Back in October 2013, National Geographic published a story that tackled the changing landscape of America — not its physical landscape made up of mountains, rivers, and roadways, but rather its racial and cultural appearance. For some, it's a concept that is difficult to understand and accept, but for others, it's something that's being welcomed with open arms. 

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There's no denying that interracial relationships are on the rise, which means children are coming into the world and identifying themselves as more than strictly black, white, brown, yellow, or red — categories that were created by German scientist Johann Friedrich Blumenbach back in the 18th century.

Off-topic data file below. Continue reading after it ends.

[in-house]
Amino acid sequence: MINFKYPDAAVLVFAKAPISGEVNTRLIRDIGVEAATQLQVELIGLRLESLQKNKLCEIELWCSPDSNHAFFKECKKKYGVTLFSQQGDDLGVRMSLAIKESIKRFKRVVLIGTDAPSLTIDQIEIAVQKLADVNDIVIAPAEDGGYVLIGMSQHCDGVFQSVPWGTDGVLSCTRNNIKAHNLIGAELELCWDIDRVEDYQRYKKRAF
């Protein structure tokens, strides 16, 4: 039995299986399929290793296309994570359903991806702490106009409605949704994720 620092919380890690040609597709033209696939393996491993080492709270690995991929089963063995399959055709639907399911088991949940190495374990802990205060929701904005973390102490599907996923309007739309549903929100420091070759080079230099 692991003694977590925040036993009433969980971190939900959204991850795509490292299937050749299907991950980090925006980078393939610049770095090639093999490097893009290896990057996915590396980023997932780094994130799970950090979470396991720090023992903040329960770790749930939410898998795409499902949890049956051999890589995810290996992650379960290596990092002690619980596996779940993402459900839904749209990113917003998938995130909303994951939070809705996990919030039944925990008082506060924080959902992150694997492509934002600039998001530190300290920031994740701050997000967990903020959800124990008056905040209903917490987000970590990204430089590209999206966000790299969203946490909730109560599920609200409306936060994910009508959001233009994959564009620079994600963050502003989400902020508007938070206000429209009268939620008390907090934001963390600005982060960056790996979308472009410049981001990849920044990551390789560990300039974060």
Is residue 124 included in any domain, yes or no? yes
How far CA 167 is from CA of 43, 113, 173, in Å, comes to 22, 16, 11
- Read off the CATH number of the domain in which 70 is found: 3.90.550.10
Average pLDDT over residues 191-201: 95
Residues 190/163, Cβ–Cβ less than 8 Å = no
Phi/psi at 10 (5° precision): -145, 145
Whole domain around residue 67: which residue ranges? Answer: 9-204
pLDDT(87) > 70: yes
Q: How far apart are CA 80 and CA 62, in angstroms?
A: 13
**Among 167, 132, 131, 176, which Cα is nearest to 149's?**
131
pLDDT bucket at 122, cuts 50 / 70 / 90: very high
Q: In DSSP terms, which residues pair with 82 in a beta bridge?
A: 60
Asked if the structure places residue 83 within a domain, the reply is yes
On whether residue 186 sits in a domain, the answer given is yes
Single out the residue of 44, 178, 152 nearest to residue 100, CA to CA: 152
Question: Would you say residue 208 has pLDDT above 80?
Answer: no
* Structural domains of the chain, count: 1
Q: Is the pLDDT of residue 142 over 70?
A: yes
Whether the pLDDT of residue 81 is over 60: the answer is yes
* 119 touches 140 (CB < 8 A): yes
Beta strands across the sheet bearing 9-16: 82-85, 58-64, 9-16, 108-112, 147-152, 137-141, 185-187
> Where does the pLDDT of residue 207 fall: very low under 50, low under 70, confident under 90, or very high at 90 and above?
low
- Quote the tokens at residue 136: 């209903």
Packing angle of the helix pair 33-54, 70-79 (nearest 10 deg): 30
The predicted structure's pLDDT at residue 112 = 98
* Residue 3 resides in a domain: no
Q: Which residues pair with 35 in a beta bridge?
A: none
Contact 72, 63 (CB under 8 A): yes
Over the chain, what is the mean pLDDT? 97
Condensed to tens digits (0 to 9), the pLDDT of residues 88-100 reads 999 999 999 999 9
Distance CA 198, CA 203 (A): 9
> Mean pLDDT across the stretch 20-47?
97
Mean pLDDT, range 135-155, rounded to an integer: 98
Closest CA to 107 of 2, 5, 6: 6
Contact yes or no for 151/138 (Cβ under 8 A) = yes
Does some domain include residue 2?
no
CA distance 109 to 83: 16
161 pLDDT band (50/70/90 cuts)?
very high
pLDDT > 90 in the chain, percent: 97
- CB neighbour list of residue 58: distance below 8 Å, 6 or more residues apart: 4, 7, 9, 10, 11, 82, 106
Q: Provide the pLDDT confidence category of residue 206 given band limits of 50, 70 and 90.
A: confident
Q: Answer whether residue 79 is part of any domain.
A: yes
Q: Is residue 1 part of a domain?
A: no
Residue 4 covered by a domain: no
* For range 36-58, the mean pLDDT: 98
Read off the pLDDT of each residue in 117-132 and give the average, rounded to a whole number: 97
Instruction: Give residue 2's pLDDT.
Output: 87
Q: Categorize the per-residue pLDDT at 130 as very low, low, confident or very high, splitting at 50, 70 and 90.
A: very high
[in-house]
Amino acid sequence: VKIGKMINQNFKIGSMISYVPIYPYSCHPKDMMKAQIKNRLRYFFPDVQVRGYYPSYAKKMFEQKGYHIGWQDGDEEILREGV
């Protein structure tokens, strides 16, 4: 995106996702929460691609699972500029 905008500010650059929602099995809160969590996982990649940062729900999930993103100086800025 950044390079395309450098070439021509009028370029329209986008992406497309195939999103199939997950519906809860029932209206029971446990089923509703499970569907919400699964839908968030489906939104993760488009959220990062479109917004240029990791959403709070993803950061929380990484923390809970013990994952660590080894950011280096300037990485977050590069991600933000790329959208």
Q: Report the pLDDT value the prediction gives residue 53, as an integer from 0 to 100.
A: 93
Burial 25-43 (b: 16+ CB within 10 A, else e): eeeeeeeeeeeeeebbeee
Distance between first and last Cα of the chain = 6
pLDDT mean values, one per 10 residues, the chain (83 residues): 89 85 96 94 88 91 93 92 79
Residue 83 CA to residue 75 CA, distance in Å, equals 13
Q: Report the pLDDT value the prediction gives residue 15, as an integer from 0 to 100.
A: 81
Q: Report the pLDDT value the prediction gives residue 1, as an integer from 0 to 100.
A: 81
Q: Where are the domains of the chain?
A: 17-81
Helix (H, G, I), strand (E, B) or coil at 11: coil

Martin Schoeller | National Geographic

Now, we have identities like "Blackanese," "Juskimo," and "Filatino," and those are just a few examples of the direction we are heading — something National Geographic wanted to shine a light on and celebrate. 

Martin Schoeller | National Geographic
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So, Lise Funderburg and photographer Martin Schoeller worked together to create a piece for the magazine that showcased what the "average American" would look like by the year 2050.

Martin Schoeller | National Geographic

Not only did they study data collected by various institutions, like the U.S. Census Bureau, but they also spoke to various people about their identities and how they approach the subject of race in their everyday lives. 

Martin Schoeller | National Geographic